the Insurance Company having accepted the value of the vehicle to be
    Rs.3,54,000/-, was bound by that value. Said paragraphs 5 and 7 were as
    under:
    “5. We have heard the learned counsel for the parties and have
    gone through the record very carefully. The facts as narrated
    above remain uncontroverted. Admittedly, the accident had
    happened on 10-9-2002 during the validity of the insurance
    policy taken on 13-2-2002 insuring the vehicle for Rs
    3,54,000 on a premium of Rs 8498. It is also the admitted
    position that the vehicle had been declared to be a total loss
    by the surveyor appointed by the Company though the value
    of the vehicle on total loss basis had been assessed at Rs
    1,80,000. We are, in the circumstances, of the opinion that as
    the Company itself had accepted the value of the vehicle at
    Rs 3,54,000 on 13-2-2002, it could not claim that the value of
    the vehicle on total loss basis on 10-9-2002 i.e. on the date of
    the accident was only Rs 1,80,000.
    … … …
    Civil Appeal No1299./2019 @ SLP(C)No.27695/2018
    Sumit Kumar Saha vs. Reliance General Insurance Co. Ltd.
    13
  6. It must be borne in mind that Section 146 of the Motor
    Vehicles Act, 1988 casts an obligation on the owner of a
    vehicle to take out an insurance policy as provided under
    Chapter XI of the Act and any vehicle driven without taking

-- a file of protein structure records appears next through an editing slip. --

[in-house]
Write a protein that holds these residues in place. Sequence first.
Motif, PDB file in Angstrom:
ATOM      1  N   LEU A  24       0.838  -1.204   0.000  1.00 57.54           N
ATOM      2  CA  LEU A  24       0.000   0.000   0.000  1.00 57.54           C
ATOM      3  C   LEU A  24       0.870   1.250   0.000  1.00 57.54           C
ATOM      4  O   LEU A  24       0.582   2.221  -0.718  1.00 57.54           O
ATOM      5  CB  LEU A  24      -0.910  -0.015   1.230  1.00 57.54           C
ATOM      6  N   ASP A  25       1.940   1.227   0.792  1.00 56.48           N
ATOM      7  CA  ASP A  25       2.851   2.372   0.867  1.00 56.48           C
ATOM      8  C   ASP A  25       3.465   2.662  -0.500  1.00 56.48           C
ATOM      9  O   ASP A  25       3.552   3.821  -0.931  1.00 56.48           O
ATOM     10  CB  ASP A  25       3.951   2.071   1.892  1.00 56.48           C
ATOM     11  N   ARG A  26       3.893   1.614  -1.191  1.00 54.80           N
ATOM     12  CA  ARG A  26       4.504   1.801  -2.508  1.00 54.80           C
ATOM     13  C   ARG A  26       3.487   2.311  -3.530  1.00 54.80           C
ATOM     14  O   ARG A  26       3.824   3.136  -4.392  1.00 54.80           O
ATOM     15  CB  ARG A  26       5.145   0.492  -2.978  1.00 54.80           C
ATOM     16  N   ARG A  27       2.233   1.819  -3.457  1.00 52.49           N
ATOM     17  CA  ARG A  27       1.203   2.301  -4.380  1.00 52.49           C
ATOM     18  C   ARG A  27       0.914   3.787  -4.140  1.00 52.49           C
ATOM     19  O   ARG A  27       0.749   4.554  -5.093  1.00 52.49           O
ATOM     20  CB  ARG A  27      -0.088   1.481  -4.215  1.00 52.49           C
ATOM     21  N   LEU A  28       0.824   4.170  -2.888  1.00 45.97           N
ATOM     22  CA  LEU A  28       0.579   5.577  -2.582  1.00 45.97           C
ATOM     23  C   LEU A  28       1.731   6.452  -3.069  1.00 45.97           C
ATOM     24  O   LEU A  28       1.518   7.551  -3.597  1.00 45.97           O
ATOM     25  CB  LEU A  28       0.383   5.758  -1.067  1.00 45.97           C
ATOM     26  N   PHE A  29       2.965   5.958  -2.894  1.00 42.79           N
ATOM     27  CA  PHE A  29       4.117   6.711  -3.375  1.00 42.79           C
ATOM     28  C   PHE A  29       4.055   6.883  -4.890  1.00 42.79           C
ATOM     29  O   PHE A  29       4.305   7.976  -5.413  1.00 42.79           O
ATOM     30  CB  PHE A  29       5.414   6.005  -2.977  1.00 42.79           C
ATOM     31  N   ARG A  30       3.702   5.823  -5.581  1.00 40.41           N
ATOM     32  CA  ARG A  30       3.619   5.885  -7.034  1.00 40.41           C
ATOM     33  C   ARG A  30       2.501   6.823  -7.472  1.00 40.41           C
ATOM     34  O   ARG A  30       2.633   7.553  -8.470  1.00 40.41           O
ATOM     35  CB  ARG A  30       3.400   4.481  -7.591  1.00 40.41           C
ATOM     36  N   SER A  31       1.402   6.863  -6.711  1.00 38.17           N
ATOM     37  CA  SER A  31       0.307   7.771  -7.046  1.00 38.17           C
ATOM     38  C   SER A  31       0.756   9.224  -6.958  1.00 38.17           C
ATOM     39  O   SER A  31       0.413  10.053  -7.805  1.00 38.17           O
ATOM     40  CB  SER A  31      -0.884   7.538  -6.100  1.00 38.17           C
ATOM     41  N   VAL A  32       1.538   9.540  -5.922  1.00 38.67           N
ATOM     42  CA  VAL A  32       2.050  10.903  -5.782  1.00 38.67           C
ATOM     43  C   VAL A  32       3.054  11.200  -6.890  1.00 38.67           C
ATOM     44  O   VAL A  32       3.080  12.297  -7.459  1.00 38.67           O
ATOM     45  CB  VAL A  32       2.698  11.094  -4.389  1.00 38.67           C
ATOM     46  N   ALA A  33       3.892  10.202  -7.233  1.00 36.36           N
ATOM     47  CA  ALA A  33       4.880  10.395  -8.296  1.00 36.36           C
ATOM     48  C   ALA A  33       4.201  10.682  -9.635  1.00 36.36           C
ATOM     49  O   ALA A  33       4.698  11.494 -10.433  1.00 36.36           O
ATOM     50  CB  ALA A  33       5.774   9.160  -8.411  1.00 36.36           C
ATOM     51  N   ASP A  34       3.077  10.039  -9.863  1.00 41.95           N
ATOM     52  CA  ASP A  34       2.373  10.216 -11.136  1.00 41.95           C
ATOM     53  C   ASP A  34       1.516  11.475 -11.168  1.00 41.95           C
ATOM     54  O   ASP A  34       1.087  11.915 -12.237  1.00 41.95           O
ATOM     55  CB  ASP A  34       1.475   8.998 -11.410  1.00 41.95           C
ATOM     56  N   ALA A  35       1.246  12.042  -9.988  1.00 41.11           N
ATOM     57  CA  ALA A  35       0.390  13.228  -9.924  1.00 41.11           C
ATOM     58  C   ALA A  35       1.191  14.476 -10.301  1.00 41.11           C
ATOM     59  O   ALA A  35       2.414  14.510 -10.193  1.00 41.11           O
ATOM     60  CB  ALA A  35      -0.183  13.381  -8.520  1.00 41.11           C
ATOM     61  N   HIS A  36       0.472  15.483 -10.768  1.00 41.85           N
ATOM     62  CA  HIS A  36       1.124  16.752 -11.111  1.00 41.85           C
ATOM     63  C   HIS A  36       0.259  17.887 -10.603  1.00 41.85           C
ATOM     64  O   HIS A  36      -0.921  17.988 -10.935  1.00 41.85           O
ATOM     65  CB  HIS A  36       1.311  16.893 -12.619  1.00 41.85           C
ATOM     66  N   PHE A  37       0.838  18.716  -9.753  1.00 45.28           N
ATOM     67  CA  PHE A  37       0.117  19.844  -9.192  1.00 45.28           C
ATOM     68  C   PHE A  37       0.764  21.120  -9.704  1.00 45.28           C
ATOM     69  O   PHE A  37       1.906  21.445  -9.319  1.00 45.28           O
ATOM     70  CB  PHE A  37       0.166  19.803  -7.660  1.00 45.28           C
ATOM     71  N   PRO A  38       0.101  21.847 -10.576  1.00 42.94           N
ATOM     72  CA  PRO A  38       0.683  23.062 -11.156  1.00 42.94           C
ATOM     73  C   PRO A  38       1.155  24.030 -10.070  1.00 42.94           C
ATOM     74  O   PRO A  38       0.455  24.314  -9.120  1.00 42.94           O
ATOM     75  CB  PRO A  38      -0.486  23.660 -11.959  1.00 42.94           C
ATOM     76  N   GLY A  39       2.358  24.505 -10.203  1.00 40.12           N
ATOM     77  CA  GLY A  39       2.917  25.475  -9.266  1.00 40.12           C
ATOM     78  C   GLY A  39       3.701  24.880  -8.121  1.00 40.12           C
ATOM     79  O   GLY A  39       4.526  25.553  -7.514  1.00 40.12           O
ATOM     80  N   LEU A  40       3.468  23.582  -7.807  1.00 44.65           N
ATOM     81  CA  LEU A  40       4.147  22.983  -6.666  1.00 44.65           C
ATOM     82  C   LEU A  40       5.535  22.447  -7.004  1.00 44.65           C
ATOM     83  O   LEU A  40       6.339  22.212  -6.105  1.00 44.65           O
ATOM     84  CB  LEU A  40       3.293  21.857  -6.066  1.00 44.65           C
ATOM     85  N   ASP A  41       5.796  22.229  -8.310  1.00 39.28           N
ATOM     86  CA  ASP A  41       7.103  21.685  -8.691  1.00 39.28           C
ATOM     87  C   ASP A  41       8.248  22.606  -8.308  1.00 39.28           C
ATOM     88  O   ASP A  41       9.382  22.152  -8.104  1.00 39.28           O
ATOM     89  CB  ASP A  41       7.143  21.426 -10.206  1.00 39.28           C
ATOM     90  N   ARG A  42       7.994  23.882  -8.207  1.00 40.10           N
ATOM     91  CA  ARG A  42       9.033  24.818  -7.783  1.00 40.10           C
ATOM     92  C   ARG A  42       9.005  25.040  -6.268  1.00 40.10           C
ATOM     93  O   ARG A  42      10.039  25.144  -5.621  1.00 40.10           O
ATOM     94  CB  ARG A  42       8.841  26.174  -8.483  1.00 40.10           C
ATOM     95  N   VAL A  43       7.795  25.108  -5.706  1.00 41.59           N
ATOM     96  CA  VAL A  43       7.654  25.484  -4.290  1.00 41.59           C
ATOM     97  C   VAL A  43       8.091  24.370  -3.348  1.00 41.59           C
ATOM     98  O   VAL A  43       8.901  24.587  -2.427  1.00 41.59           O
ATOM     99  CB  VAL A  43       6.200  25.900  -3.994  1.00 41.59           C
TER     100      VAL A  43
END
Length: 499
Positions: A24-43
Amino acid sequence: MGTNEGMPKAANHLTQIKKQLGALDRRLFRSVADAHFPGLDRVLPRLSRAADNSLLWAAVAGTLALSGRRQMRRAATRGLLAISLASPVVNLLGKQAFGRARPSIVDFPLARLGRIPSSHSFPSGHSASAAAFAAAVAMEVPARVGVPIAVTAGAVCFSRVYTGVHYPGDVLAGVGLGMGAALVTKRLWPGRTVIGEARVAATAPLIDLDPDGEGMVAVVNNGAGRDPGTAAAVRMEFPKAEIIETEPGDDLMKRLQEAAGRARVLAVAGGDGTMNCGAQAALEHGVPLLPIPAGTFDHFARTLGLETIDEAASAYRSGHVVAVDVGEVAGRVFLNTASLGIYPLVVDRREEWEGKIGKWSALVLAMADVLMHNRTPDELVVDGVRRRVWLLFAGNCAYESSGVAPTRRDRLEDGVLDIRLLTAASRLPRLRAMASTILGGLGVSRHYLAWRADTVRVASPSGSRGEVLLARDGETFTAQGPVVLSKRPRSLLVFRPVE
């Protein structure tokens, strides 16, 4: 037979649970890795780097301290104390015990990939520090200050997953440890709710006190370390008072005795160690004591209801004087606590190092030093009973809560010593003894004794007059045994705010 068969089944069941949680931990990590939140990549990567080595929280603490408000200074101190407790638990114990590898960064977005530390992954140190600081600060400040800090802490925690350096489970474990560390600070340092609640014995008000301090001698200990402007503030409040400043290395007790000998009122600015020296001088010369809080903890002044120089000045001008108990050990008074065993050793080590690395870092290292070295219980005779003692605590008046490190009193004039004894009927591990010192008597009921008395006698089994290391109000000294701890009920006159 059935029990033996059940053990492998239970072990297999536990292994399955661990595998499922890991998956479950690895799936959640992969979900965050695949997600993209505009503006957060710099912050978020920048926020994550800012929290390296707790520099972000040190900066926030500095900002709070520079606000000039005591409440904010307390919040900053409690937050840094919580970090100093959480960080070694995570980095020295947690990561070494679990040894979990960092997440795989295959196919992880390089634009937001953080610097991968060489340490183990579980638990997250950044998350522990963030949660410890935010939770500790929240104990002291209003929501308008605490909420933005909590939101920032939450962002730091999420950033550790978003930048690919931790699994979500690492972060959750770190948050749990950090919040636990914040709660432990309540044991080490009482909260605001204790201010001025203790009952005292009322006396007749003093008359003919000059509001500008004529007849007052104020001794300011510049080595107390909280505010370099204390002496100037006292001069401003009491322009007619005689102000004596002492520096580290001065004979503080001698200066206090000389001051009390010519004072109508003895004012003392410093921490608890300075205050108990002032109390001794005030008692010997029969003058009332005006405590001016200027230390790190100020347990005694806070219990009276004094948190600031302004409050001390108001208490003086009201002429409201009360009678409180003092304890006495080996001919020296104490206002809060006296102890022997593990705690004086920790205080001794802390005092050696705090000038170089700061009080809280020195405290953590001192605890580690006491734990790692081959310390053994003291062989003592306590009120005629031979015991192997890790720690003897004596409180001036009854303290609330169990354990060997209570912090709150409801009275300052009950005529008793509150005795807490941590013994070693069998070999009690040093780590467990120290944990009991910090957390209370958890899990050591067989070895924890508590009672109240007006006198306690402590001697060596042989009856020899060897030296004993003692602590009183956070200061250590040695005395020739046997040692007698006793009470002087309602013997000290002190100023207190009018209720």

such a policy invites a punishment under Section 196 thereof.
    It is, therefore, obvious that in the light of this stringent
    provision and being in a dominant position the insurance
    companies often act in an unreasonable manner and after
    having accepted the value of a particular insured good disown
    that very figure on one pretext or the other when they are
    called upon to pay compensation. This “take it or leave it”
    attitude is clearly unwarranted not only as being bad in law
    but ethically indefensible. We are also unable to accept the
    submission that it was for the appellant to produce evidence
    to prove that the surveyor’s report was on the lower side in
    the light of the fact that a price had already been put on the
    vehicle by the Company itself at the time of renewal of the
    policy. We accordingly hold that in these circumstances, the
    Company was bound by the value put on the vehicle while
    renewing the policy on 13-2-2002.”
  7. Mr. Basu, learned Senior Advocate, however relied upon the decision
    of this Court in Sikka Papers (supra). In that matter a diesel generating set
    purchased in the year 1997 for Rs.45 lakhs was insured for Rs.35 lakhs for the
    period from 08.04.1999 to 07.04.2000. Said diesel generating set broke
    down. The complainant demanded what it had paid i.e. Rs.25 lakhs for the
    repairs but the insurer, relying upon the report of the Surveyor, did not agree.
    According to the Surveyor the net loss was Rs.14,45,000/-. But the Surveyor
    found that the generating set was under insured and as such the figure of net
    Civil Appeal No1299./2019 @ SLP(C)No.27695/2018
    Sumit Kumar Saha vs. Reliance General Insurance Co. Ltd.
    14
    loss that was assessed ought to suffer deduction of 25.71%. The net assessed
    loss was, therefore, at the level of Rs.10,47,491/-. This Court raised two
    questions:
    “(1) Whether the insurer was justified in accepting report
    dated 15-5-2000 submitted by the surveyor who had assessed
    the loss of Rs.14,45,000/- after deducting about Rs.10,55,000/-
    from Rs.25,00,000/- i.e. actual amount paid by the
    complainant for repairing the diesel generating set?
    (2) Whether the insurer was justified in deducting an
    amount of Rs.3,71,509.50 (25.71%) as under insurance from